The cleavage of the natural DERA substrate, deoxyribose 5-phosphate (DRP), was measured using 2-deoxyribose 5-phosphate sodium salt (Sigma-Aldrich) as a substrate in a coupled enzyme system with triosephosphate isomerase (TPI) and glycerol 3-phosphate dehydrogenase (GPD) from rabbit muscle (Sigma-Aldrich) in ambient temperature. DERA activity on DRP liberates glyceraldehyde-3-phosphate, which is reduced to glycerol-3-phosphate by the supplementary enzymes TPI and GDH. The latter reaction consumes NADH, which can be detected by spectrophotometer. The reaction mixture contained 0.1 μM purified DERA wild-type or variant, 5 mM DRP, 3 units of TPI, 2 units of GPD and 0.3 mM NADH in 50 mM Tris-HCl, pH 7.5, supplemented with 5 mM MgCl2. The reaction was initiated by addition of DRP and followed by measuring the decrease of absorbance at 340 nm using a Varioskan microtiter plate reader (Thermo). DERA activity on non-phosphorylated substrate 2-deoxy-D-ribose (DR, Sigma-Aldrich) was assayed similarly in a coupled enzyme system with 4 units of alcohol dehydrogenase (ADH) from Saccharomyces cerevisiae (Sigma-Aldrich) using 50 mM DR and 2 μM purified DERA wild-type enzyme or variant, and 0.3 mM NADH in 50 mM Tris-HCl, pH 7.5, supplemented with 5 mM MgCl2. Cleavage of DR by DERA liberates acetaldehyde, which is converted to ethanol by ADH in NADH consuming reaction.
Sequential aldol addition reaction of acetaldehyde by DERA enzymes
The sequential aldol addition of acetaldehyde was monitored by incubating 5 μM DERA with different amounts (10–50 mM) of acetaldehyde in 50 mM Tris-HCl buffer pH 7.5 in ambient temperature for 20 h. The reactions were stopped by addition of acetonitrile (20 μl of reaction mixture + 80 μl of acetonitrile), clarified by centrifugation and analysed with a UPLC system (Waters) equipped with photodiode array detector. An Acquity BEH Amide column (2.1 × 100 mm, 1.7 μm, Waters) was used in 40 °C with 0.6 ml/min flow rate. The solvents used in the UPLC were eluent A: 50% acetonitrile/50% H2O and 10 mM ammonium acetate pH 9 and eluent B: 95% acetonitrile/5% H2O and 10 mM ammonium acetate pH 9. The column was equilibrated with 99.9% B, and 5 μl of sample was injected and eluted with program as follows: 0–0.4 min isocratic 99.9% B, 0.4–0.5 min gradient to 60% B, 0.5–2.0 min gradient 30% B and 2–5 min isocratic 99.9% B. The acetaldehyde concentration was followed by adsorption at 285 nm, and the formation of the aldol addition product by adsorption at 217 nm.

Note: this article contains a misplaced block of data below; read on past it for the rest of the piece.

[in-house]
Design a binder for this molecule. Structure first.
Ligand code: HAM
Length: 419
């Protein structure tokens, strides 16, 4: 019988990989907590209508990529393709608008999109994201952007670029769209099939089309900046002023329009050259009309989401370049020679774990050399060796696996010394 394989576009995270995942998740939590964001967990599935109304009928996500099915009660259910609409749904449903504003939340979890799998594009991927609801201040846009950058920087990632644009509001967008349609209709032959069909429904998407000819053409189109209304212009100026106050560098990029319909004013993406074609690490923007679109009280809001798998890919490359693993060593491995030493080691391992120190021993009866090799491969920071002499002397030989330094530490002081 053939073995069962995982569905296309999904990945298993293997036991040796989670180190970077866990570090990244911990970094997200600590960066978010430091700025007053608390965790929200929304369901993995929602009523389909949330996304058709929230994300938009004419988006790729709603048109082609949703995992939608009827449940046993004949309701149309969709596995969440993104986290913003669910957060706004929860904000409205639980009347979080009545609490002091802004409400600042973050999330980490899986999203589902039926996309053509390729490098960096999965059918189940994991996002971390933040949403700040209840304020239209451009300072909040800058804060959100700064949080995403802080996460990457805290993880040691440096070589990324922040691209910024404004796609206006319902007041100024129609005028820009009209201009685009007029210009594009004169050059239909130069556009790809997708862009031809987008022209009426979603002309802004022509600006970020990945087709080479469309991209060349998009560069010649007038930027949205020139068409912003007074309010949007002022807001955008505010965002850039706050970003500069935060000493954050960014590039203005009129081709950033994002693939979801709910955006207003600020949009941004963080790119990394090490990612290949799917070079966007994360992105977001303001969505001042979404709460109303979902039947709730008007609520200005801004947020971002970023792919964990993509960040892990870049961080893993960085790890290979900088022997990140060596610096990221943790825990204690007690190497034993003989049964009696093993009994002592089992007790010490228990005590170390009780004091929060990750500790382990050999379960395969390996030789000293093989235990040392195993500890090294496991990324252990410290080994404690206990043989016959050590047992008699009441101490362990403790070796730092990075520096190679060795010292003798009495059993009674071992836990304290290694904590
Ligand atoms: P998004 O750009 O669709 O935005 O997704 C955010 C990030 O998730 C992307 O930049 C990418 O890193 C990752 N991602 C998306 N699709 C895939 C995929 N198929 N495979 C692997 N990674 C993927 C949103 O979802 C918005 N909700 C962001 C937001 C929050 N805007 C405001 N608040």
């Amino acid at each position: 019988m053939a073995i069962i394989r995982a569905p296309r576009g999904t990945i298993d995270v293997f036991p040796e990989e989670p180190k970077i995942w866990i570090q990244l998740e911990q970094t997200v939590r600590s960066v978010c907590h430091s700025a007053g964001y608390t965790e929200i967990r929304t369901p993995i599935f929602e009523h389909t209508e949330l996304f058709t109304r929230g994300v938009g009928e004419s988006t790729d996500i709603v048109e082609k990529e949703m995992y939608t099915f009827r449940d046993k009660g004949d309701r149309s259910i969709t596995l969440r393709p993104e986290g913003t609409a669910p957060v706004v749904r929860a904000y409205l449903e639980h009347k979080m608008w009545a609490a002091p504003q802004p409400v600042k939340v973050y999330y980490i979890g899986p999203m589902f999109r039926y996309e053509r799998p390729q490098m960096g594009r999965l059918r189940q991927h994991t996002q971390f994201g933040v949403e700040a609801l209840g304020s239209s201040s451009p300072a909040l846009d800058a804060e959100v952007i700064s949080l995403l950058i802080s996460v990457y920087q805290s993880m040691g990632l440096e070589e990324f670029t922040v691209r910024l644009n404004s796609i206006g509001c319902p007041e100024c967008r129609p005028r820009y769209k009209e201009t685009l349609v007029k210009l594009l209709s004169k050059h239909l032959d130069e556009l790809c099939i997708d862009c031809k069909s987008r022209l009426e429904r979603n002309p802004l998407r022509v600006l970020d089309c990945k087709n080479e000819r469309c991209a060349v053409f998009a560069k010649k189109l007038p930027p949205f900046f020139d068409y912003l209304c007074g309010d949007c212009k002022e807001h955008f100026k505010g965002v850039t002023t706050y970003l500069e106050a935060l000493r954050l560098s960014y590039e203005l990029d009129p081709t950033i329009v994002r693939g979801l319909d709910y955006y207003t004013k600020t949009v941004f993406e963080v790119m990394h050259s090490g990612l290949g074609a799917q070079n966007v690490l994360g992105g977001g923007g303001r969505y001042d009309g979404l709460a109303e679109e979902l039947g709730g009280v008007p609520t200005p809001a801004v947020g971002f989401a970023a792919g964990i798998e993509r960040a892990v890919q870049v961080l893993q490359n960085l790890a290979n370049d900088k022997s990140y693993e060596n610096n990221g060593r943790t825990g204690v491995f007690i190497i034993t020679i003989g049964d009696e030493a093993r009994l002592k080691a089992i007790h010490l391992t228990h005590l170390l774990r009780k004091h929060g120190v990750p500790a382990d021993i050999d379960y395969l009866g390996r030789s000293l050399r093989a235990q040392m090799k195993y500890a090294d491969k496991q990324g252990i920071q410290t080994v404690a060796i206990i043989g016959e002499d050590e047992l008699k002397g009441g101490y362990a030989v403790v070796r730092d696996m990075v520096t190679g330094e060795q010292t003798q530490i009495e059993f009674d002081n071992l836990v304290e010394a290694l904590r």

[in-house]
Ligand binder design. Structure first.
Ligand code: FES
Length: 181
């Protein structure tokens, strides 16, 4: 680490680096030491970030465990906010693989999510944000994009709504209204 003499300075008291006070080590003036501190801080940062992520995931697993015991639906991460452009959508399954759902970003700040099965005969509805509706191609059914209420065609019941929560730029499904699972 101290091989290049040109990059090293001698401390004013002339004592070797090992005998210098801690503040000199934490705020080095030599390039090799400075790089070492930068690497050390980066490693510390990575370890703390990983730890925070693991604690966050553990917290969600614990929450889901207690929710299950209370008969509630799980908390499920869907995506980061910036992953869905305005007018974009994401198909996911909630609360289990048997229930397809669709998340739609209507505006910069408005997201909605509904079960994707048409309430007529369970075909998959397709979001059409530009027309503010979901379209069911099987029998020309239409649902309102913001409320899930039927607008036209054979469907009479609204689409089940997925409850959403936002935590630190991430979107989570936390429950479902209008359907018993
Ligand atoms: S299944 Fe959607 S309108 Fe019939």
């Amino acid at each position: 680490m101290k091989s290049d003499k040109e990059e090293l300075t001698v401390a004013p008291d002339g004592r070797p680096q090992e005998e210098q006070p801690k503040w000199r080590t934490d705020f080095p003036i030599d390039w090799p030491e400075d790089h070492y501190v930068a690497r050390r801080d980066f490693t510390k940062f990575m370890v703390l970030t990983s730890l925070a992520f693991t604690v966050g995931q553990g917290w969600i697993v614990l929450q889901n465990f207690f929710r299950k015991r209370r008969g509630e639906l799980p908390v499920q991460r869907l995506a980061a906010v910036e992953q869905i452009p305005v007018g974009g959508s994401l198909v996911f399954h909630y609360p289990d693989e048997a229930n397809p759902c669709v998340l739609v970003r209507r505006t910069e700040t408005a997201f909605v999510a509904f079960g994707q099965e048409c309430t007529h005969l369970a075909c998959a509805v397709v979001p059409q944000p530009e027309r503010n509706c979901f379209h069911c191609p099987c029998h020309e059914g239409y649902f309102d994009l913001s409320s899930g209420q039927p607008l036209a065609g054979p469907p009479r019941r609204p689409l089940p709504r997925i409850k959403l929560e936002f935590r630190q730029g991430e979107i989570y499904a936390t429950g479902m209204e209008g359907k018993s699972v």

Aldol addition of formaldehyde and acetaldehyde by DERA enzymes
The addition reaction of formaldehyde and acetaldehyde was monitored by incubating 5 μM DERA with 2 mM formaldehyde and 2 mM acetaldehyde in 50 mM Tris-HCl buffer pH 7.5 in ambient temperature. The reaction was stopped by addition of 2,4,-dinitrophenylhydrazine (2,4-DNPH) and acetonitrile, which also initiated the derivatisation reaction (Allen 1930). For derivatisation, typically 25 μl of the DERA reaction mixture was transferred to an Eppendorf tube containing 70 μl of 2,4-DNPH mixture (5 μl of saturated 2,4-DNPH, 65 μl acetonitrile, and 30 mM phosphoric acid). The derivatisation reaction was allowed to proceed at 22 °C for 1 h or overnight in + 4 °C. After derivatisation, the samples were clarified by centrifugation and injected to an Acquity BEH UPLC C18 column (2.1 mm × 50 mm, 1.7 μm, Waters) equilibrated with 70% H2O, 30% acetonitrile and eluted with isocratic elution with the equilibration buffer using 0.5 ml/min flow rate. The derivatised aldehydes were detected by measuring the absorbance at 360 nm (Allen 1930).